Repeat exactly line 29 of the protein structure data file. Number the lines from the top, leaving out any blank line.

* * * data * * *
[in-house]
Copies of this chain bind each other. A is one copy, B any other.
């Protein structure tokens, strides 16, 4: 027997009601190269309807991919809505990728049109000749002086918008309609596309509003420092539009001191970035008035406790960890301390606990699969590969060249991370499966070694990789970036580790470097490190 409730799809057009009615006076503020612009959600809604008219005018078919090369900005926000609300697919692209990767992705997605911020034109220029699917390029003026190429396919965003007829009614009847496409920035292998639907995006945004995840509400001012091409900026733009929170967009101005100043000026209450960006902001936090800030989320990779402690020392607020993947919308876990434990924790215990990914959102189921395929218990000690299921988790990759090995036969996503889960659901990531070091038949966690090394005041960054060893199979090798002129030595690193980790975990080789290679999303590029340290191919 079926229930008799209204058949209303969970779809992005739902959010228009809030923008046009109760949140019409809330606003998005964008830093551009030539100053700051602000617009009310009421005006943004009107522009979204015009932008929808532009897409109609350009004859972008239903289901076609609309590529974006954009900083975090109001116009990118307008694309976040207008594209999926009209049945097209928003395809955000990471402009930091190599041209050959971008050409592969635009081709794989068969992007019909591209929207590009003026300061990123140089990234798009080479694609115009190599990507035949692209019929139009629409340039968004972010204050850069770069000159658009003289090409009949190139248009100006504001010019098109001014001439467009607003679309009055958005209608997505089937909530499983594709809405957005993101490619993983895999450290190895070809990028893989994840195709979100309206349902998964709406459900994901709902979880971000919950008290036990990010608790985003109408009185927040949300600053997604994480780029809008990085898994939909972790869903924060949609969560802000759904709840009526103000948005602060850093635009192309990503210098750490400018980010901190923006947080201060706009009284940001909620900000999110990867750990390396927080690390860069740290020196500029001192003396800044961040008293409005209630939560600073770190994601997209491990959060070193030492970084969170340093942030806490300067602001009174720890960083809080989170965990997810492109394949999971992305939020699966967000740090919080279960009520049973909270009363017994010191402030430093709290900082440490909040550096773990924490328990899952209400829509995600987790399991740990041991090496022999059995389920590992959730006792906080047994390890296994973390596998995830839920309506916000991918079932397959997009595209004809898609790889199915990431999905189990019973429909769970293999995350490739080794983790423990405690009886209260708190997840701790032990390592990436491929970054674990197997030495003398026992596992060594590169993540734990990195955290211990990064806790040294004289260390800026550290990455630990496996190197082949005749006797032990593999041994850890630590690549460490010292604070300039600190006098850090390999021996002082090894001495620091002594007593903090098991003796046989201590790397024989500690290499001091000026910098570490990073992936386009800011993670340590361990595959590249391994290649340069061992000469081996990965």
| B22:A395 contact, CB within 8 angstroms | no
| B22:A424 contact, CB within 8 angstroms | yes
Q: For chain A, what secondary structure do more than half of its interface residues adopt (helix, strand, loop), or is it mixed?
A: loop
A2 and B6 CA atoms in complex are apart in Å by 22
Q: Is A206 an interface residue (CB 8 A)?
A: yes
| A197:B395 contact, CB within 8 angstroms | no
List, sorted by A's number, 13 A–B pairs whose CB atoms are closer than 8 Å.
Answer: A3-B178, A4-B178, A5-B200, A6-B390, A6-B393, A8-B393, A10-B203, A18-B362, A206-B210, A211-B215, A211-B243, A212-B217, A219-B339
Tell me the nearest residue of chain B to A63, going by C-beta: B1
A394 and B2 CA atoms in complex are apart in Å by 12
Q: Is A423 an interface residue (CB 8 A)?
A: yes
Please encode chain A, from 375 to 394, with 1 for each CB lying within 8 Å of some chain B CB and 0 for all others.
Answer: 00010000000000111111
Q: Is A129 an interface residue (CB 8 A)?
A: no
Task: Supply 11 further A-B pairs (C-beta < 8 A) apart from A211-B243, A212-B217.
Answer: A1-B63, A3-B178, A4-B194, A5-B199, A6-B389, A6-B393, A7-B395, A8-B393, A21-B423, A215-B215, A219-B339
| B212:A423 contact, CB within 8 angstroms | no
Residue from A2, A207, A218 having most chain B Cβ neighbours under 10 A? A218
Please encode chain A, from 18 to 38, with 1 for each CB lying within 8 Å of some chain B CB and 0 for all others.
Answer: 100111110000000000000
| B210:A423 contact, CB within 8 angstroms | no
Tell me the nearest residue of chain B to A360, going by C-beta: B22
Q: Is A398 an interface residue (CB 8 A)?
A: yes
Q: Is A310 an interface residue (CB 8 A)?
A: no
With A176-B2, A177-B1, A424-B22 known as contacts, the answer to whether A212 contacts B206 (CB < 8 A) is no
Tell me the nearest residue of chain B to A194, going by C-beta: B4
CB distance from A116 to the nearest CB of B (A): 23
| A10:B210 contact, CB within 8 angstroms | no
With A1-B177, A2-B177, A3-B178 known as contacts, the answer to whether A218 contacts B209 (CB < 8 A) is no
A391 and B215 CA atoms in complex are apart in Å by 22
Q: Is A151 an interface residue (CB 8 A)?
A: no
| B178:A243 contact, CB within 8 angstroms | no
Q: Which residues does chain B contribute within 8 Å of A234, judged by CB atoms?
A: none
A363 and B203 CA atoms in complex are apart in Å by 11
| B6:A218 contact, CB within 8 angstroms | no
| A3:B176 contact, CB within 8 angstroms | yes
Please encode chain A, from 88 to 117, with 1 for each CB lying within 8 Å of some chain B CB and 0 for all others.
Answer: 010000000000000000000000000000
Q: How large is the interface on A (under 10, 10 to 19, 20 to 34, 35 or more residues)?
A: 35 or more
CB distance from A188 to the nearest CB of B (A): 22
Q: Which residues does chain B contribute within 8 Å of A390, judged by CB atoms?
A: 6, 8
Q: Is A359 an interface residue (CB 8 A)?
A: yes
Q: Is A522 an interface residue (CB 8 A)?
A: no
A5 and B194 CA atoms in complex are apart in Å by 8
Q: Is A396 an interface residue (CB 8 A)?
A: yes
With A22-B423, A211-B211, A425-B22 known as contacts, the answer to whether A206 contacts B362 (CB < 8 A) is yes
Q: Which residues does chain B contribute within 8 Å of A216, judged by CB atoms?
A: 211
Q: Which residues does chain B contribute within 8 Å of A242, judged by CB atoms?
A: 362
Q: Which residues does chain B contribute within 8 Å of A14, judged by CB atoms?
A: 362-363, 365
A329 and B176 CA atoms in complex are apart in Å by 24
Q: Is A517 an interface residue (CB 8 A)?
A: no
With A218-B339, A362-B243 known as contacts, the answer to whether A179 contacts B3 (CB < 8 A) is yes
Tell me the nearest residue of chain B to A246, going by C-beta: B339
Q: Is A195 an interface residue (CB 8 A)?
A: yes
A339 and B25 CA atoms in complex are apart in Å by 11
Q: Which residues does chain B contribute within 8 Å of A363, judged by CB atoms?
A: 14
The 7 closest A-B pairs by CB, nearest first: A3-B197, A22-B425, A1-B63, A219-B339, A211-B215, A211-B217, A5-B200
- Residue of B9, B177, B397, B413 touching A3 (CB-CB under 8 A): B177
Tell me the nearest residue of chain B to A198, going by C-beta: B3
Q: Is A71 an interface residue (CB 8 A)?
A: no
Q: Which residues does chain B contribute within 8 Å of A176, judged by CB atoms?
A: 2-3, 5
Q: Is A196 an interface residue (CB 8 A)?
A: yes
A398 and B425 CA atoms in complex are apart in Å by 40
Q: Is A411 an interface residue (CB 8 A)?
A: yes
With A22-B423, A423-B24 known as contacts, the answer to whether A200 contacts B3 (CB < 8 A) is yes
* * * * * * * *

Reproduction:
Tell me the nearest residue of chain B to A360, going by C-beta: B22